Millennium Challenge Corporation/MCC, by Scott Fontaine (June 14, 2013) — The life of a Moroccan fisherman can be tough.
A boat packed with three or four men will launch well before sunrise. The fishermen occasionally need to stay on the ocean for two or three days until they fill their stores. Bad weather can shorten or cancel trips. When they return, they can face difficulty selling the catch at the peak of freshness or at the right price. Predatory middlemen often collude to keep prices low.
The lifestyle provides erratic income. Fishermen tend to be among the poorest Moroccans yet live on the coasts, where the cost of living is high without much of a safety net. But across the Atlantic and Mediterranean coasts, improved landing sites stand as a symbol of hope for many of the country’s small-scale fishers.
Eleven improved landing sites are being built or operating as part of MCC’s $120 million Small-Scale Fisheries Project. The sites are gleaming white complexes built on the beach; a typical site contains an auction hall where fishermen can sell directly to distributors, storage units for equipment, a watch tower in case of a waterborne accident, a cafeteria to help fund the newly formed fishing cooperatives, and cold storage units to ensure the catch doesn’t spoil before reaching the marketplace.
About 78,000 people are expected to benefit from the landing sites. Along the Atlantic coast, fishermen in three towns where the sites have not yet opened are optimistic about the future.
In Salé, Samir Wakrim is most hopeful about the fishermen’s association being formed through the project and the medical insurance it will provide. The 33-year old has been fishing for more than two decades but can’t afford to miss work because of illness or injury.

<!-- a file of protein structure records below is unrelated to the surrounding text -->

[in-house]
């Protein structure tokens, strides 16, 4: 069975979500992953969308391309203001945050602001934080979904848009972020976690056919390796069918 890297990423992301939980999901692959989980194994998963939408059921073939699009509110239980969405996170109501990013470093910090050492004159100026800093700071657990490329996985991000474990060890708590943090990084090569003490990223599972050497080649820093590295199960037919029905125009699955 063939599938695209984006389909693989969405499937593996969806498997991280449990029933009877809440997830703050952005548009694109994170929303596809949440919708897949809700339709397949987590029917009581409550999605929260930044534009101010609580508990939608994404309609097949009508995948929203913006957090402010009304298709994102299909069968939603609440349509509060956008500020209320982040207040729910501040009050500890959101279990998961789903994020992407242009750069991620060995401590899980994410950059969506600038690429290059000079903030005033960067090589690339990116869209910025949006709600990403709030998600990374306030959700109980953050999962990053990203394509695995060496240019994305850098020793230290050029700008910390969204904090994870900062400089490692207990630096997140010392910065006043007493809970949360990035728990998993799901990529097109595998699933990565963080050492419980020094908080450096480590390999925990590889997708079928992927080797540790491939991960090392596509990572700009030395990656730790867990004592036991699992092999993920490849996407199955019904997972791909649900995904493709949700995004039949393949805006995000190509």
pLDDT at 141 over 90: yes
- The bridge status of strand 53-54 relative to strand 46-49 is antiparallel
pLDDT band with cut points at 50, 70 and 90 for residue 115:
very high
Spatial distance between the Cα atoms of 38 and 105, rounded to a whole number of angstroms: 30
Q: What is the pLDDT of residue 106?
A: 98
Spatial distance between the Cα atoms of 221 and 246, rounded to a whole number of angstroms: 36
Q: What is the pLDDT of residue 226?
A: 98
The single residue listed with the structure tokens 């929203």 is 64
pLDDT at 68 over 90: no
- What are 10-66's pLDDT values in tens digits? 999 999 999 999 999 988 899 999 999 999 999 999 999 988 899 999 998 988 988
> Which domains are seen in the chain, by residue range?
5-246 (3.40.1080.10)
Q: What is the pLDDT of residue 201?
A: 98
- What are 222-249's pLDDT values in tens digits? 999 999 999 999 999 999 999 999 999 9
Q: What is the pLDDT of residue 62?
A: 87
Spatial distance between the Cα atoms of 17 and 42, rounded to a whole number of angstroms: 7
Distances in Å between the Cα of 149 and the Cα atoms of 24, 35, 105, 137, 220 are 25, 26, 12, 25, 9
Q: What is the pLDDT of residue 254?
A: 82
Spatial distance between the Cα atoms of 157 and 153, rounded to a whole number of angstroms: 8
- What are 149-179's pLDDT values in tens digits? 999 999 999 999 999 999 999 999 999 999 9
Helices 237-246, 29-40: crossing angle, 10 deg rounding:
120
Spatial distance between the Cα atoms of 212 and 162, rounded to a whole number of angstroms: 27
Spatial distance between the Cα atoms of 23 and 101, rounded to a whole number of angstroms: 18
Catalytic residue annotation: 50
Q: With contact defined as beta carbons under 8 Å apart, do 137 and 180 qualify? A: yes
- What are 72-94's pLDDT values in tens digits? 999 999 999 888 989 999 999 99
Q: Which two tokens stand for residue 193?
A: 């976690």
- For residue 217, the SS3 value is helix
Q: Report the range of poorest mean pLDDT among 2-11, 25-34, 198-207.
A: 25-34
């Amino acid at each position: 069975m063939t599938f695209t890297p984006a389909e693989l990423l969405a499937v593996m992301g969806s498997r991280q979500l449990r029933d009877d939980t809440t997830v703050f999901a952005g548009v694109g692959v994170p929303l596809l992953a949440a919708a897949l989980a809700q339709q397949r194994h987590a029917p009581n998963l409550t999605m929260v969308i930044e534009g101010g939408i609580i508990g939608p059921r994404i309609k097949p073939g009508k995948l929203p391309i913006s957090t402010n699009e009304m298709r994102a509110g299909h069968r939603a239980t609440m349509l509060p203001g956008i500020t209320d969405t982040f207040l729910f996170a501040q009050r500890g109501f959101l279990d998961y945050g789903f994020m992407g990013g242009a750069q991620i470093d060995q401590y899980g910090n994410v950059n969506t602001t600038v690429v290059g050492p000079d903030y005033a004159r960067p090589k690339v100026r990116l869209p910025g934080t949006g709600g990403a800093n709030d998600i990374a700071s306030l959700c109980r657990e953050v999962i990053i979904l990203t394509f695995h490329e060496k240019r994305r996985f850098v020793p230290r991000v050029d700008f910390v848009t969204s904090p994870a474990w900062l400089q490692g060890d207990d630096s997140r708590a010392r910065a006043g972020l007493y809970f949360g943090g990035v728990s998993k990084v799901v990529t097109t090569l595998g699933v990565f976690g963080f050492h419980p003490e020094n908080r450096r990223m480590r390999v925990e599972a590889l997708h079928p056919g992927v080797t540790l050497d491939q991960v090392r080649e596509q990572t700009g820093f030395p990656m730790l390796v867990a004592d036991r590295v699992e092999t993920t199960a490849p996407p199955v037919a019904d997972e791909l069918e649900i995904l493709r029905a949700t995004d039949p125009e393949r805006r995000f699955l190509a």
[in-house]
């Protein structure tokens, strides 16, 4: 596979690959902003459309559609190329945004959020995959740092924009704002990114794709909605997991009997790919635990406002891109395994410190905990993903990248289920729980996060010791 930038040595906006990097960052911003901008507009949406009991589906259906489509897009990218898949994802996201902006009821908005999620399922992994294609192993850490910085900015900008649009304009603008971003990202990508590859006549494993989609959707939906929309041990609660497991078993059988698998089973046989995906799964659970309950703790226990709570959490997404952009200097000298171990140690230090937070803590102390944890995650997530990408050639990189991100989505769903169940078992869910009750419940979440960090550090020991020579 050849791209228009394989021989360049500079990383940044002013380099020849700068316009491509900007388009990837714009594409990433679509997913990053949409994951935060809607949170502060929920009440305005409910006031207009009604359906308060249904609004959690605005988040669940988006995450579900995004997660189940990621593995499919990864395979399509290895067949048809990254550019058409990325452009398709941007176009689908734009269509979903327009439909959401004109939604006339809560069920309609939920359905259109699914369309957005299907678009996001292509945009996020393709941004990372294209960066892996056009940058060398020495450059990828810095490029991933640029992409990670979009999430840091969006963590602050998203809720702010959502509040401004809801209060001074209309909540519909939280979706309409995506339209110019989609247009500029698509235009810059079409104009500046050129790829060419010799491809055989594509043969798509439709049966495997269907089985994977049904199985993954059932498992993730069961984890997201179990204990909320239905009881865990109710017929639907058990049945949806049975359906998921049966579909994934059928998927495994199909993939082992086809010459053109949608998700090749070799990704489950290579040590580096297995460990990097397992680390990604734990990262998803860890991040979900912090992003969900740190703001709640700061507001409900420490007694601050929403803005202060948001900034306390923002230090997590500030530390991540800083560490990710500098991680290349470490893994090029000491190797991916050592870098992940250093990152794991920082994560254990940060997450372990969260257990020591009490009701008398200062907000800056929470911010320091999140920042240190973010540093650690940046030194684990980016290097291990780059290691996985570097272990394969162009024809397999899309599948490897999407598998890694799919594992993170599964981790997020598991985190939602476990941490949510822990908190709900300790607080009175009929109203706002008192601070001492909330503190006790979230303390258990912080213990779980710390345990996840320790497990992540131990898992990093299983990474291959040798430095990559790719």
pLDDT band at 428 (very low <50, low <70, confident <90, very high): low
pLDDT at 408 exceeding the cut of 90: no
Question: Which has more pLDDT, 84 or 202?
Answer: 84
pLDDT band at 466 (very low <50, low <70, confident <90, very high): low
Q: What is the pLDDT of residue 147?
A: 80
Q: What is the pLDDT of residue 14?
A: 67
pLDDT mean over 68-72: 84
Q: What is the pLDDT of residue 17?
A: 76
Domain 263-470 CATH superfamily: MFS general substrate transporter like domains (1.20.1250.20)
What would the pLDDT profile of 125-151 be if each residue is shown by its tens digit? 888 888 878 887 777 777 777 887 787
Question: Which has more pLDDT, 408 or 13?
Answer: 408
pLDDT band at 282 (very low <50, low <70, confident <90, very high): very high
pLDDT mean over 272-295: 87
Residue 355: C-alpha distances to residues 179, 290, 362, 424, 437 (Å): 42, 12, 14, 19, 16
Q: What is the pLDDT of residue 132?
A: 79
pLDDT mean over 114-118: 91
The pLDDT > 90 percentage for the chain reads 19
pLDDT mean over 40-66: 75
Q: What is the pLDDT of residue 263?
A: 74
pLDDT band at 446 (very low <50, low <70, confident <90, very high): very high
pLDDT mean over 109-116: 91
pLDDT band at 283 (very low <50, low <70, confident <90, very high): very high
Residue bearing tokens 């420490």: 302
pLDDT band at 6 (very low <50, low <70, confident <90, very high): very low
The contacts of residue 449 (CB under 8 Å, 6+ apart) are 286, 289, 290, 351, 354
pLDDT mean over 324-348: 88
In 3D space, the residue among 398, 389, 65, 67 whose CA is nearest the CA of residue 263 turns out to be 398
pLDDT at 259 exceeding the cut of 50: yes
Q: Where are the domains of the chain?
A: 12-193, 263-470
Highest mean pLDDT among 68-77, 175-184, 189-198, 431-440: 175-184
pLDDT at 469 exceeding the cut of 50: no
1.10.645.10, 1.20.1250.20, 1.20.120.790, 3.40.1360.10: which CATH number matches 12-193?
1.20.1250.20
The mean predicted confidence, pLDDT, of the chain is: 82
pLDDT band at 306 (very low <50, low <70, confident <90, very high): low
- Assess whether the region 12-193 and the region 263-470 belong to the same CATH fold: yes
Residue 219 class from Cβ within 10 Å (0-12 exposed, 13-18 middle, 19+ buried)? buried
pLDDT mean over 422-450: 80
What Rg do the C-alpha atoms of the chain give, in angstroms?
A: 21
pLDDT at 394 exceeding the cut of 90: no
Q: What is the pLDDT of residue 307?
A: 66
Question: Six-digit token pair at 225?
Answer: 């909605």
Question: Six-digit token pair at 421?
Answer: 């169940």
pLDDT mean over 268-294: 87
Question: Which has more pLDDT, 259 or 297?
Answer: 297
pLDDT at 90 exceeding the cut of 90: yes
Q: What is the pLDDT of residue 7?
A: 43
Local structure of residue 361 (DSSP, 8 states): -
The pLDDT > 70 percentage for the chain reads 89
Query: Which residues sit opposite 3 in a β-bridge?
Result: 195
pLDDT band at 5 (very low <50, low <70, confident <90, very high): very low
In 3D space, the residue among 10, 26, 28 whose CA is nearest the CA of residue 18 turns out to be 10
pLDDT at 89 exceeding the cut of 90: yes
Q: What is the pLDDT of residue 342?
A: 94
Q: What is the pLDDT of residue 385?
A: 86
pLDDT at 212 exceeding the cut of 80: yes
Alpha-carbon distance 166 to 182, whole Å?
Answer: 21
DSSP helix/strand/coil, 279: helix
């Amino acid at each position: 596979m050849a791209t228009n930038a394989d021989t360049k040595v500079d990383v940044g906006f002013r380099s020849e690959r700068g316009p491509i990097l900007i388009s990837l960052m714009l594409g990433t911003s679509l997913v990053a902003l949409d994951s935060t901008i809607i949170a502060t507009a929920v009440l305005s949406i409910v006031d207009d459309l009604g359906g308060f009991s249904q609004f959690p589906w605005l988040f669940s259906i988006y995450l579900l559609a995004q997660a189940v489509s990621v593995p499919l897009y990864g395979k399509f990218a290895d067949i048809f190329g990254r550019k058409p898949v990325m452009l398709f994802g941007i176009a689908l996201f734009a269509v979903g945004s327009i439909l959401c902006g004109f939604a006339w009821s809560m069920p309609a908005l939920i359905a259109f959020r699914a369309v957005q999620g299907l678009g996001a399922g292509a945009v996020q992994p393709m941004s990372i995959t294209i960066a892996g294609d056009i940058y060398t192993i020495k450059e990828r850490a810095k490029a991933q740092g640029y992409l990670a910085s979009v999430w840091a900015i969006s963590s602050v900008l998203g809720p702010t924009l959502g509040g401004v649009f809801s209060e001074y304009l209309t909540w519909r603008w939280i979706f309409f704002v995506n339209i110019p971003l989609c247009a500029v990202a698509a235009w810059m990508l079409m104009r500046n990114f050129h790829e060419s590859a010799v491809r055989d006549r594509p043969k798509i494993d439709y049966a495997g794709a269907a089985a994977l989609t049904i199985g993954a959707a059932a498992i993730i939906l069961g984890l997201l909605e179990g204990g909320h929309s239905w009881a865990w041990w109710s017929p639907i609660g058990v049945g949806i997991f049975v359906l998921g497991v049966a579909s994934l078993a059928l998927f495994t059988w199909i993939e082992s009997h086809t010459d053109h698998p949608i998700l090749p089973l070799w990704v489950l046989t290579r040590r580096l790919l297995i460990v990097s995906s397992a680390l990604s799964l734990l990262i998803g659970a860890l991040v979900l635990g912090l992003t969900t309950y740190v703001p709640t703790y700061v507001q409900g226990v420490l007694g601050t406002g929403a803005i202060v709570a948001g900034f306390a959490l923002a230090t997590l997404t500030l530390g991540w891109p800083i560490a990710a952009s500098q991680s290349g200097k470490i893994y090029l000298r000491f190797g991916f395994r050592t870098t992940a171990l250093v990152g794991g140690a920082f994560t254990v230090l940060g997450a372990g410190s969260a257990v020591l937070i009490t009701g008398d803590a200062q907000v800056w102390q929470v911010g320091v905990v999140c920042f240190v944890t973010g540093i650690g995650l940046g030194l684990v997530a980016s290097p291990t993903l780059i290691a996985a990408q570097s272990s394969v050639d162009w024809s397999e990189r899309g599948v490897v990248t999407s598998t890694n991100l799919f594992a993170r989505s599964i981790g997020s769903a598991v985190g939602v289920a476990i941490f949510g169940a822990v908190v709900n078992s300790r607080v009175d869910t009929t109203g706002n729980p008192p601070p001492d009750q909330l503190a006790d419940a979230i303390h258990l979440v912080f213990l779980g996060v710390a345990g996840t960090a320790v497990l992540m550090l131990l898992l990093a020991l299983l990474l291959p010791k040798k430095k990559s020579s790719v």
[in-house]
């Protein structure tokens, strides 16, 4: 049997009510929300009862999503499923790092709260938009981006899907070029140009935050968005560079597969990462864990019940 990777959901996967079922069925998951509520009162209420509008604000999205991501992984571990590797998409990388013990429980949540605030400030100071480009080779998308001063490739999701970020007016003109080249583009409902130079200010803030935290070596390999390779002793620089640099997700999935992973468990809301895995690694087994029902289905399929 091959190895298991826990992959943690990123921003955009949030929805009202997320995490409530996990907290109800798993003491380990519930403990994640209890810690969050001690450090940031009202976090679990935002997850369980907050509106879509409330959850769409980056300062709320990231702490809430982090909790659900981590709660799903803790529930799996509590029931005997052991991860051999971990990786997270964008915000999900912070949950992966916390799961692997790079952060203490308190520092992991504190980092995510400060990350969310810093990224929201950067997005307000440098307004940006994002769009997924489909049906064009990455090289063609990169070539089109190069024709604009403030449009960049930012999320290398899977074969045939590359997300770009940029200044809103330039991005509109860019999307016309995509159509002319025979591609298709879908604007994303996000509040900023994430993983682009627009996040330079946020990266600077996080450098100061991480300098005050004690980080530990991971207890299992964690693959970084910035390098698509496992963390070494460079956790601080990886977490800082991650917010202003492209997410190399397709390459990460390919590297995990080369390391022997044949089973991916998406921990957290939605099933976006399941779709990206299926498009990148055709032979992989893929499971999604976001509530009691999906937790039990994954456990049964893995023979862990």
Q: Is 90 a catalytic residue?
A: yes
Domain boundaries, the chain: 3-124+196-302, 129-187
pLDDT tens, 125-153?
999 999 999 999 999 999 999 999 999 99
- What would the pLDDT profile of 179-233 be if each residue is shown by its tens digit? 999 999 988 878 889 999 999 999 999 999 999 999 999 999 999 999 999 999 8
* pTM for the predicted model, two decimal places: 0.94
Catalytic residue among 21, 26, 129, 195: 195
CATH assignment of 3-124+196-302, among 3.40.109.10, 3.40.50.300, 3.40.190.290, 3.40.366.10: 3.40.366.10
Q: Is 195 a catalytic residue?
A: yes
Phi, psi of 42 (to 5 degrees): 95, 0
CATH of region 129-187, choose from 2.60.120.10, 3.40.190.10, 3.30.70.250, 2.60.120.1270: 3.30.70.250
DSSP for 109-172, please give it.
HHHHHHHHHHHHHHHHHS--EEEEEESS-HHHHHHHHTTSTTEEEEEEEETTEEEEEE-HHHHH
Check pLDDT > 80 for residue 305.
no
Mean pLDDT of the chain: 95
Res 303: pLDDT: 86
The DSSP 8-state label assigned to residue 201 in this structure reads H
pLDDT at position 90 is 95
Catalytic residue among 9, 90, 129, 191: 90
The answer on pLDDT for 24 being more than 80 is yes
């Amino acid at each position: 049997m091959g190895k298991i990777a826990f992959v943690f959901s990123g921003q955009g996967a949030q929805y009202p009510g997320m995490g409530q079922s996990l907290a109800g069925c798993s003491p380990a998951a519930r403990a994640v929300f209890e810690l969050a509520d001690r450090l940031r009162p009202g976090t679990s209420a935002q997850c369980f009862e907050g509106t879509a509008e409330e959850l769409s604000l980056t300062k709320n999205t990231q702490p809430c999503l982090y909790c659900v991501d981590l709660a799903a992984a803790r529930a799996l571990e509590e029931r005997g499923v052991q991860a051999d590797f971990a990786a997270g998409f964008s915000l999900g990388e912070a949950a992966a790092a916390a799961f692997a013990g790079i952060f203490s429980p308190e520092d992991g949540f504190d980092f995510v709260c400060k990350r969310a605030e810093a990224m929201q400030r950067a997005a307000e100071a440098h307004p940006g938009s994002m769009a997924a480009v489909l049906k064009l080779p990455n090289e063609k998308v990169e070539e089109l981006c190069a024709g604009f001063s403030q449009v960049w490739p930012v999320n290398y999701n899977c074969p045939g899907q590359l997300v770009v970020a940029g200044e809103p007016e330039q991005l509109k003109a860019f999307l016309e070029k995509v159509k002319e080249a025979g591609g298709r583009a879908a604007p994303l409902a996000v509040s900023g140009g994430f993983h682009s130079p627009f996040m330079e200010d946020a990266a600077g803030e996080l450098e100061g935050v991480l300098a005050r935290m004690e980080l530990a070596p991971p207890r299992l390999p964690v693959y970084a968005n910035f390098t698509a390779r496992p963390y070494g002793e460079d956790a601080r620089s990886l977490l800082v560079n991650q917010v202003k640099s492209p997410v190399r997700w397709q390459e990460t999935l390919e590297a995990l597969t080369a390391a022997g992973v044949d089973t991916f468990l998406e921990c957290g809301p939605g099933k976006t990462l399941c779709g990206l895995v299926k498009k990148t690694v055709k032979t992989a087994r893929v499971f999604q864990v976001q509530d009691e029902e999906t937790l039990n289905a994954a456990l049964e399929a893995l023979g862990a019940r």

A few years ago, he slid down some concrete steps and hurt his leg. Every day he spent recovering at home meant less and less income.
“For many of us, that’s a very big concern,” he said. “It’s a general problem for fishermen across Morocco.”
In Bhibeh, a fishermen’s cooperative has already formed and includes more than 115 members. For Khalid Lamziouk, days of hard work at sea can lead to despair when buyers aren’t available to purchase the catch.
The fishermen face a difficult choice: Wait for buyers to show up and risk spoilage, or pay for ice and transportation to sell the catch at a nearby town.
With the auction hall and cold storage, Lamziouk believes he can sell more of his fish and save the money he would have spent on ice and transportation costs.
“This is the right equipment at the right time,” he said.
In Tafedna, the prospect of an auction hall where fishermen can sell directly to distributors holds the greatest promise. Currently, middlemen will often advance money for gas and nets to crews of fishermen who agree to sell their catch exclusively to the middlemen at a fixed price.
“It creates a dependency this way,” cooperative president Mohamed Dibe said.
The fishermen in Tafedna have other problems, he said. Because of the town’s remote location, the few buyers collude to keep prices low, Dibe said. Some fishermen have chosen to leave Tafedna to work out of a neighboring, larger market, where there are more buyers and prices can be 50 percent higher.
Dibe is optimistic the auction hall will help fix that.
“The whole village suffered,” he said. “But now, all will benefit: the fishermen, their families, the whole community.”